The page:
We’ve all got our own way of approaching blog comments, both the ones we give and the ones we receive. Various people have written about this, and even more have written about it since I scheduled this post, but I thought I’d go ahead and toss out my own perspective.
I remember a year or so ago a blogger that I followed posted a complaint about other bloggers, and in particular people that liked but didn’t comment on her posts. I thought this seemed a bit over the top, and if she didn’t want me liking that’s fine, I didn’t have to follow her blog.
For me there are a couple different factors that go into whether or not I comment on a post I’ve read. One is a matter of time. I read a LOT of blogs, and if I increased my commenting time that would decrease my available reading time. There’s also the issue that commenting requires spontaneous thought in most cases. I don’t do well with spontaneous thought. Sometimes I’ll want to comment on a post, but the internal gears are turning slowly and it can take up to half an hour to formulate a response. Literally. Whether it’s a lack of creativity or a lack of other internal resources, commenting can feel like hard work. It’s not so much that I don’t actually want to comment or that I feel pressured to; I do want to interact but sometimes it’s just not happening. I want to comment, but I have to budget my mental energy.
This is why I’m a fan of the like button. I want to have some means of expressing my interest in someone’s post even if nothing is popping into my mind as a comment. On sites that don’t have a like button, I actually feel less engaged as a reader. Maybe that’s weird, but it’s a pattern I’ve noticed for myself for quite a while. I know likes aren’t necessarily meaningful all of the time, but I guess it means something to me to be able to give them.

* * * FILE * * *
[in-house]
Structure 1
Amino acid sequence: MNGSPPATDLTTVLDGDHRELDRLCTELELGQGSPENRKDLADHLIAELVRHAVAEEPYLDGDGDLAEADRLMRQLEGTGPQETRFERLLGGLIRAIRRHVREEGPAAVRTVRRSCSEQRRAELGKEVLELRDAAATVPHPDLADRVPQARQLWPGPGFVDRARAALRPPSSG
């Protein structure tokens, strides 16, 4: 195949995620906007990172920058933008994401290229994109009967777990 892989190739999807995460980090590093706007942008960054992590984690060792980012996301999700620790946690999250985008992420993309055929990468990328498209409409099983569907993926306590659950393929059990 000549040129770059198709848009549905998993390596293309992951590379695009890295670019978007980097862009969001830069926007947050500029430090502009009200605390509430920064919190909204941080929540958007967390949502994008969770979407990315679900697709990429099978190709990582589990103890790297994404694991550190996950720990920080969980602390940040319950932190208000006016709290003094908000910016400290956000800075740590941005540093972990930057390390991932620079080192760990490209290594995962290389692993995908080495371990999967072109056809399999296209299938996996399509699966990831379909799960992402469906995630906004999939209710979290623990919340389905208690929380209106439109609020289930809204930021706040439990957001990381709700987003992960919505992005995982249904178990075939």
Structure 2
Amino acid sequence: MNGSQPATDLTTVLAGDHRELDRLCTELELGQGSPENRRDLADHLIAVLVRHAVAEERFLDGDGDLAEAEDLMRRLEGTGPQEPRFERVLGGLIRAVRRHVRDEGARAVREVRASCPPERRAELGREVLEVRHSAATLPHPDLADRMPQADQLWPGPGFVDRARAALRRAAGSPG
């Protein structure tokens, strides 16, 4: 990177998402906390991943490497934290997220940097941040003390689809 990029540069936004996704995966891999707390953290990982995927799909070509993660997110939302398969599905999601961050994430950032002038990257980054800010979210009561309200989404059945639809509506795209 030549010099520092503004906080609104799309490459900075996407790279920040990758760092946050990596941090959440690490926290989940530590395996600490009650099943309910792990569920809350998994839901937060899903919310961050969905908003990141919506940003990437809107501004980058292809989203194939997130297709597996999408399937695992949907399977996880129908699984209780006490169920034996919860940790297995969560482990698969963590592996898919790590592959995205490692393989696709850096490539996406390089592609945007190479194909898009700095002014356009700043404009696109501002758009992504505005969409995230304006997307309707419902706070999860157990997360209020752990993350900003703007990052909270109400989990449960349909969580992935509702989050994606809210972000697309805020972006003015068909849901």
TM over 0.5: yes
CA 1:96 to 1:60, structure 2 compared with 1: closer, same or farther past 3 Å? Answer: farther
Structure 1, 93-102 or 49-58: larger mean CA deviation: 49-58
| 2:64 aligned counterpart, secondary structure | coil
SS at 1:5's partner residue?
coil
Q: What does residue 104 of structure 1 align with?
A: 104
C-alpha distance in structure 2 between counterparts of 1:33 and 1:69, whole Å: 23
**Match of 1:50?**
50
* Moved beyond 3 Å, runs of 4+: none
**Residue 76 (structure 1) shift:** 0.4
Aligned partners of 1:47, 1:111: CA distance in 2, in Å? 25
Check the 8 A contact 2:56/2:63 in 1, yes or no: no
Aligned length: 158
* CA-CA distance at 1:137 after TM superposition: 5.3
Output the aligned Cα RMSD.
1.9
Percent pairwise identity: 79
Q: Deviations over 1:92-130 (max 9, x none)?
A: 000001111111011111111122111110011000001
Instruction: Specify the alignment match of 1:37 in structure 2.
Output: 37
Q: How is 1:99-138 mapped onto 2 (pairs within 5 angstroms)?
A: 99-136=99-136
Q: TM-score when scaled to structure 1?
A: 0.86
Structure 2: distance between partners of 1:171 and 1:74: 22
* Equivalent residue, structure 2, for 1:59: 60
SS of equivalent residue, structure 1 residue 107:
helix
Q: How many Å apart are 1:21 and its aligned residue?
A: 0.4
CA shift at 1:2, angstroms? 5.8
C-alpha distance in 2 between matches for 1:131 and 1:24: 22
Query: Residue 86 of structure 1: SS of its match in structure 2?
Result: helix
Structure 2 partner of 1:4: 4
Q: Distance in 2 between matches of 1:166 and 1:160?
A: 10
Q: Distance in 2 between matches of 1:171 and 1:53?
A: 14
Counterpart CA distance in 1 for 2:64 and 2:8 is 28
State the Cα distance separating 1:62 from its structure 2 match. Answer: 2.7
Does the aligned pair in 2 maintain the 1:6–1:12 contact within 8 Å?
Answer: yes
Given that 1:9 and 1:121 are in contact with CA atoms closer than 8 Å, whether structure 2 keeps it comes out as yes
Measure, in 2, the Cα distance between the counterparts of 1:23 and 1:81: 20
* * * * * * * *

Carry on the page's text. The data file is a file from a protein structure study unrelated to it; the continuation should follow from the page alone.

The odd time there will be someone I’ve never seen before will drop by and sprinkle 20 likes that I get notifications for over the space of 2 seconds. It seems very obvious that those are meaningless, and the person is trying to put themself (and their blog link) in front of my face. But to me that’s a very different creature from an actual reader, and I consider the rapid-fire types to be very similar to the types that drop their link in your comments. It’s annoying, but it is what it is and it shouldn’t be assumed that they represent the average reader. Usually it seems pretty easy to distinguish between spammy likers and genuine readers.
When it comes to comments I get on my own blog, I try to respond to everyone’s comments. I never used emojis before I started blogging, but they’re handy when I can’t necessarily think up good words in response. Legit comments that go into my spam folder can take a few days for me to notice, but I’ll respond to those eventually. I usually check my spam a couple of times a week.
I don’t get too many spam comments making it through the spam filter to get posted on my blog. When they do, they’re usually pretty easy to notice, but not always. “Great post” can be either legit or spam, depending on who has left it.
If I’m reading a blog post that I don’t agree with, the majority of the time I will move along without leaving a comment. I figure if someone wants to have a particular conversation on their blog, that’s their choice, and there’s no reason for me to get involved when I’m not a part of that same conversation. I apply a similar philosophy when random unknown people leave inflammatory comments on my blog. If they’re not getting involved in the same conversation, there’s no reason for me to allow their comments to show up on my blog.
I also choose not to require comments to be moderated before appearing on my blog. I spend a lot of time on WordPress, so I’m likely to catch any unpleasant comments pretty quickly. I’m also fairly certain that I’d fail to notice some unmoderated comments that would end up getting sucked into the WordPress black hole never to be seen from again.
And to wrap up, personally I have no greater appreciation for people who interact with my blog in one way rather than another. Whether readers wander over and read, like, comment, or hang out for a while, I appreciate it all.
How do you approach commenting?
The Mental Health @ Home Store has a how-to guide on building a WordPress.com blog from the ground up. It’s got lots of useful tips whether you’re just getting started or wanting to take advantage of more of WordPress’s features.